Pessimism Is Pervasive Among Consumers

  • Playlist
  • Download
  • Embed
    Embed <iframe src="http://www.npr.org/player/embed/89064862/89064816" width="100%" height="290" frameborder="0" scrolling="no">
  • Transcript

Data released Tuesday shows that consumers are becoming more pessimistic. The Conference Board's Consumer Confidence Index has fallen to a five-year low. The survey also found that consumers expect conditions to get worse, not better. Another index that looks to the future, the Expectations Index, was down at a level not seen since 1973. Chris Arnold

ROBERT SIEGEL, host:

Now for the economic analysis, here is NPR's Chris Arnold.

CHRIS ARNOLD: You don't have to be an economist to figure out that having some of the worst consumer confidence numbers in decades is not a good thing. But to give us a little more detail on what's going on and just how bad this is, we called Nariman Behravesh. He is chief economist with the forecasting firm Global Insight.

Mr. NARIMAN BEHRAVESH (Chief Economist, Global Insight): We're well into recession territory when it comes to consumer confidence. And consumers have been the mainstay of the U.S. economy, so this is very, very troubling. It does suggest that all of a sudden, you know, another leg of the stool just got knocked out from under us.

ARNOLD: Behravesh says though there are two parts to the Conference Board's consumer survey when it asks people where they think the economy is headed that's the one that's looks very bad. People's takes on their current financial situation is better.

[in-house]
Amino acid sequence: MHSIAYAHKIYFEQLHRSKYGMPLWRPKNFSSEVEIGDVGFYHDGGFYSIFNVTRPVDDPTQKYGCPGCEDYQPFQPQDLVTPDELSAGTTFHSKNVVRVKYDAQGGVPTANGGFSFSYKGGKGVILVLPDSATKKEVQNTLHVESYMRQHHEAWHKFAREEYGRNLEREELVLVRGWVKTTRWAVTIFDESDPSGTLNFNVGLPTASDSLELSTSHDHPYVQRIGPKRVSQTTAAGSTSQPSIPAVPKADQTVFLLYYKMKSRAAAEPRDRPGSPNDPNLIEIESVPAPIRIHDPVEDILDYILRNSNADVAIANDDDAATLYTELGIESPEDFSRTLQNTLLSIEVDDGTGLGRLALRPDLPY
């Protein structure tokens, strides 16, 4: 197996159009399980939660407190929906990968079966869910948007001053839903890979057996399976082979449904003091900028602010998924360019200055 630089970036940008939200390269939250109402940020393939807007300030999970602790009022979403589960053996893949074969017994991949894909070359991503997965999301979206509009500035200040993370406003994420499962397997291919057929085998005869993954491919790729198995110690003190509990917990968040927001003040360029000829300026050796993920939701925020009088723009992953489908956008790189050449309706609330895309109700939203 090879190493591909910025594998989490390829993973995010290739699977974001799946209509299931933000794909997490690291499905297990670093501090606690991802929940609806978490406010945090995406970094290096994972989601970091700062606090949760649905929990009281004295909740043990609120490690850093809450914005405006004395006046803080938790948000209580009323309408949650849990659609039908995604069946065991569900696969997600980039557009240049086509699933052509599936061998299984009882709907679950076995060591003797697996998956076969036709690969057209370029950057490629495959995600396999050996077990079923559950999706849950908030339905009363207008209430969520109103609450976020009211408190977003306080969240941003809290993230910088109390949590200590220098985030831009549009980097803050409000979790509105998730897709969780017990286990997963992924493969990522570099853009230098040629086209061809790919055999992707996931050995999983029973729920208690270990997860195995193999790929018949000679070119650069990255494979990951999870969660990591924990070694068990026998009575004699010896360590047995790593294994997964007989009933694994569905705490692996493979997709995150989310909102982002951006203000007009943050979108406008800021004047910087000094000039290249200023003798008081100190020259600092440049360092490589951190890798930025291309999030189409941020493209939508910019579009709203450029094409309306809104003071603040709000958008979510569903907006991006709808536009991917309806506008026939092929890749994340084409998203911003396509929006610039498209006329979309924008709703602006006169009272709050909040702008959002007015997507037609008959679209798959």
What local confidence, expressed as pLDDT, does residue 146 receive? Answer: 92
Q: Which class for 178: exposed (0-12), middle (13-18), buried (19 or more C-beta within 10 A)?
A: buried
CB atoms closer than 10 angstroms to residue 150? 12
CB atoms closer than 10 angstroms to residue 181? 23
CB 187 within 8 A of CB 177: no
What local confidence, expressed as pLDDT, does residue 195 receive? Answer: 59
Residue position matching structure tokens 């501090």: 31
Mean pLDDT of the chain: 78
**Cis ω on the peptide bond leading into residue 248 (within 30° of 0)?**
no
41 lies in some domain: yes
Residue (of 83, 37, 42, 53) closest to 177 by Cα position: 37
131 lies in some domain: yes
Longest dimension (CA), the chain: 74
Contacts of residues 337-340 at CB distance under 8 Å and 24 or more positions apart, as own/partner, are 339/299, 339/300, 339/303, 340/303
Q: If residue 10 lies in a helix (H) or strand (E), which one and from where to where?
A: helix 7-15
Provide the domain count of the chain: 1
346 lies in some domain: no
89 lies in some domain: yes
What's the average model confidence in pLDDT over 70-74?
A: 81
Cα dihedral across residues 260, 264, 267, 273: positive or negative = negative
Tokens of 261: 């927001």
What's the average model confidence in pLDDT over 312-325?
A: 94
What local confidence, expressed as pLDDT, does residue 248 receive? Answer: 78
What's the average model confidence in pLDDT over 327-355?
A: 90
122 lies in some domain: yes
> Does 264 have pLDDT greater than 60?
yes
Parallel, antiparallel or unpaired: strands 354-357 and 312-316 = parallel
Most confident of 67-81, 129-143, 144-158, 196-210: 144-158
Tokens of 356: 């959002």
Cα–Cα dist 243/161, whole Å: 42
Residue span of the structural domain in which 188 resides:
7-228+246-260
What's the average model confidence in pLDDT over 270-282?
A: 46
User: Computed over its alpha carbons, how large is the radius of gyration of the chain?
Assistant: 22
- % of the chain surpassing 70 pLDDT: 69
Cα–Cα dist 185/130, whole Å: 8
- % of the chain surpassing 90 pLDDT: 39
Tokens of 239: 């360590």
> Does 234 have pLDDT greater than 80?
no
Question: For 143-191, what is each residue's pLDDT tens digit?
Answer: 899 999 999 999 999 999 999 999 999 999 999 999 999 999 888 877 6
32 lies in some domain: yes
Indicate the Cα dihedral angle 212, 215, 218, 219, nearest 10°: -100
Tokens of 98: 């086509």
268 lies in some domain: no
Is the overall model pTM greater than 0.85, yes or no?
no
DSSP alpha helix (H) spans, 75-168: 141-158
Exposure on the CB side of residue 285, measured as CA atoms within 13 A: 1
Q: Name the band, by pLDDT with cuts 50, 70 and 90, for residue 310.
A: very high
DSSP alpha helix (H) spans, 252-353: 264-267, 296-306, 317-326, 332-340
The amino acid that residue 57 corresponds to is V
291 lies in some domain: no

Mr. BEHRAVESH: What is happening is the consumers are very worried about the headlines. Brokerage houses are going belly up, you know, about problems in the mortgage markets and house prices going down. They are very worried. But most households in terms of their own finances in the majority of them are okay. They're doing okay.

ARNOLD: That's why Behravesh says these numbers don't panic him. He says consumers may pull back a bit if they're scared but…

Mr. BEHRAVESH: In the end, consumers tend to spend and tend to do things mostly based on, through pocketbook kind of issues. You know, do they have a steady income? Do they think they're going to have a steady income and, therefore, can they afford to make this purchase?

ARNOLD: In other words, if they have money, Americans will probably spend it. That's why Behravesh says he's still predicting a short and mild recession, but he says the growing foreclosure crisis and its fallout in the credit market could still cost a much deeper recession so he and other economists want to see more action from Washington on that front.

Chris Arnold, NPR News.

Copyright © 2008 NPR. All rights reserved. Visit our website terms of use and permissions pages at www.npr.org for further information.

NPR transcripts are created on a rush deadline by a contractor for NPR, and accuracy and availability may vary. This text may not be in its final form and may be updated or revised in the future. Please be aware that the authoritative record of NPR’s programming is the audio.

Comments

 

Please keep your community civil. All comments must follow the NPR.org Community rules and terms of use, and will be moderated prior to posting. NPR reserves the right to use the comments we receive, in whole or in part, and to use the commenter's name and location, in any medium. See also the Terms of Use, Privacy Policy and Community FAQ.